Something Afrikan events showcase Durb's freshest artistic talent
These monthly events are a celebration of music, art and poetry
Music and culture have been shamelessly appropriated by branding - a way to deliver a visual message about a product to those seeking identity through aspirational stuff.
Energy and creativity - the hallmarks of being young - are being stifled. Promoters and venue owners are driven by chasing bar sales.
The music suffers and, ultimately, so does the culture around it. There is little place for anything original, edgy and raw.
Something Afrikan attempts to challenge this status quo by providing a monthly platform for developing underground performance culture and artistic expression in Durban.
Emerging artists perform with no expectation of payment. There is no cover charge and there are no brands. This is strictly free-form. The poets speak and performers sing while artists exhibit in the quirky Habesha Cafe, Glenwood's favourite Ethiopian and Eritrean restaurant.
The trio behind the initiative want to create "something African" that blurs borders both geographic and psychological. It has gathered significant support and momentum over the past six months because it goes beyond brand, race and class (a car guard poet regularly performs).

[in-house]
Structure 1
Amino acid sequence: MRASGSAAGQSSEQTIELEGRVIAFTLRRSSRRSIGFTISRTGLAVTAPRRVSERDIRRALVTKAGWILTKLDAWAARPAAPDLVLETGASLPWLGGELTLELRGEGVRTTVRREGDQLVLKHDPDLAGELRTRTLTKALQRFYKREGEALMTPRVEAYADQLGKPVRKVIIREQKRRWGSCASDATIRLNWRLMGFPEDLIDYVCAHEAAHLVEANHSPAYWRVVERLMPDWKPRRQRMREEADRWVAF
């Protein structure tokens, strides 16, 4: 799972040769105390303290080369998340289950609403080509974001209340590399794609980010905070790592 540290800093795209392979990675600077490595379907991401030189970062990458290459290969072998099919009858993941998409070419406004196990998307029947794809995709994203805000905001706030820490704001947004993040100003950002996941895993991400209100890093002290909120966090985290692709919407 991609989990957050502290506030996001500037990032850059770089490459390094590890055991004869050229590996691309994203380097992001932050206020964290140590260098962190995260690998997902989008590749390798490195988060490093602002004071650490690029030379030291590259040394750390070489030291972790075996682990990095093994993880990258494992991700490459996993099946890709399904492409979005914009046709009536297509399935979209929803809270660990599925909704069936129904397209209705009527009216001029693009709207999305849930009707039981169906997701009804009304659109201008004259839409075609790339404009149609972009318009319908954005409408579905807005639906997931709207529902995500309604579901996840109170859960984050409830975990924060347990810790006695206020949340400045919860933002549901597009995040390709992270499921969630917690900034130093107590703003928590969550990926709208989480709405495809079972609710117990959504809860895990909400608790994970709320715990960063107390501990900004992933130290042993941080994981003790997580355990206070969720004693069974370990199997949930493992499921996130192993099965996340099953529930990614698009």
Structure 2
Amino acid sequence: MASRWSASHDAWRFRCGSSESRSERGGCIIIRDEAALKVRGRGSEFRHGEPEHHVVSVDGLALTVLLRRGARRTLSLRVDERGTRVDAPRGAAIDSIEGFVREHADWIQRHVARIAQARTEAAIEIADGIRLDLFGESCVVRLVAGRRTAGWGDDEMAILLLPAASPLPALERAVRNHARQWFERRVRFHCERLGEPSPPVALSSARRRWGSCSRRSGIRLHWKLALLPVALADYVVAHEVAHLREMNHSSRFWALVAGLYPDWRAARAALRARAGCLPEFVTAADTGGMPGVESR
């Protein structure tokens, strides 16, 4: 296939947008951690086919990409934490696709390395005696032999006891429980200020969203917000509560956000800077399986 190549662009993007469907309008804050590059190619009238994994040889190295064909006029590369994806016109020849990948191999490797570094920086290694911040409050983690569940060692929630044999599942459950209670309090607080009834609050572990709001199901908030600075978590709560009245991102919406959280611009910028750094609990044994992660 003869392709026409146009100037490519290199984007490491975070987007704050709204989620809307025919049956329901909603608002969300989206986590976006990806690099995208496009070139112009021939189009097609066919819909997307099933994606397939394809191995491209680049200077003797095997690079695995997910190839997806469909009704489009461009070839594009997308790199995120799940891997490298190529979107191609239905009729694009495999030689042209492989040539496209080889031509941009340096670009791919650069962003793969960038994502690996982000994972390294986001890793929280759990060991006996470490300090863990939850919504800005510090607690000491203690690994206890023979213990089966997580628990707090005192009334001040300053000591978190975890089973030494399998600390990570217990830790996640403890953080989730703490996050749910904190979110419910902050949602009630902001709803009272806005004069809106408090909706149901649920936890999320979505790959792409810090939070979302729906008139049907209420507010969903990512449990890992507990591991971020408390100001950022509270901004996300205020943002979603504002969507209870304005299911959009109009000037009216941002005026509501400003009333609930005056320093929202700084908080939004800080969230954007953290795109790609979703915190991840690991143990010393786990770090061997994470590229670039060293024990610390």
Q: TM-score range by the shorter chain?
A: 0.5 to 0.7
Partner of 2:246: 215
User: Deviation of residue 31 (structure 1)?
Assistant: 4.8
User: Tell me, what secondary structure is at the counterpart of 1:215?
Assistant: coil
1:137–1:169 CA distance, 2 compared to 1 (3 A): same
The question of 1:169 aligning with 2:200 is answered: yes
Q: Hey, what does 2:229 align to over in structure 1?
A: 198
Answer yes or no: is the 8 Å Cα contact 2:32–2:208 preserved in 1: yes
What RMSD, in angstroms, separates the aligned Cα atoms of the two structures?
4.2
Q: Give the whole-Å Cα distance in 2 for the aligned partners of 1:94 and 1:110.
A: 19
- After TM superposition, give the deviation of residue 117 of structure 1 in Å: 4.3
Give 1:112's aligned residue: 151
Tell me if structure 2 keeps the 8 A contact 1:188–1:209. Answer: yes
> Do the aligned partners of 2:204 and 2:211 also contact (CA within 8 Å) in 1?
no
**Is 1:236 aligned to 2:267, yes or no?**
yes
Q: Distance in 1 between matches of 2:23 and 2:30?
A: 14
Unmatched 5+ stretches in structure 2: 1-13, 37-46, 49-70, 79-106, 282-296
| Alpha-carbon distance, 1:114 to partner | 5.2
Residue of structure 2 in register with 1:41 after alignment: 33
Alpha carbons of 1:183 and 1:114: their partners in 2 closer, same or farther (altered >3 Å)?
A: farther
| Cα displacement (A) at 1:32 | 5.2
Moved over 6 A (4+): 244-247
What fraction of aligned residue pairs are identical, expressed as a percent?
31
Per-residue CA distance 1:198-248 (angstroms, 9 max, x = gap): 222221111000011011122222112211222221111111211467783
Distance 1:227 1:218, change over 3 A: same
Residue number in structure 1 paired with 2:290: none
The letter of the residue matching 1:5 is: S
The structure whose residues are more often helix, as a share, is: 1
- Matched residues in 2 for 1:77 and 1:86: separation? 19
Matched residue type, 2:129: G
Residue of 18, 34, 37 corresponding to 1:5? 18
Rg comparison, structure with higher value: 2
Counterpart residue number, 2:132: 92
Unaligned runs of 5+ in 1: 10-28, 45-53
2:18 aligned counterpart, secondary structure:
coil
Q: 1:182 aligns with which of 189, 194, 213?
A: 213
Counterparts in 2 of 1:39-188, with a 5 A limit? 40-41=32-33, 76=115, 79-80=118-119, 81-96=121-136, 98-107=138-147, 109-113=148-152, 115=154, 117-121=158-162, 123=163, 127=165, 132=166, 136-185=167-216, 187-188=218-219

The driving force behind Something Afrikan is Adalgiso Alexandrino (aka DJ Be_Happy), who curates the event. Imaging and design is by Natasha Mkhize with her partner Patrick Mkhize (aka Navarone).
Mkhize is responsible for spreading Capoeira, a Brazilian art form that combines fight, dance, rhythm and movement, in Durban. (Capoeira features strongly in the monthly Something Afrikan line-up, led by Navarone.)
Gary Church is the third member, with a passion for music and the entertainment scene.
Something Afrikan is not so much about touting diversity but rather constructing a common culture based on music, poetry and art that is free-form and authentic.
• The show takes place on the last Saturday of the month in Glenwood at 124 Helen Joseph Road. Entrance is free. For more information see Facebook.
• This article was originally published in The Times.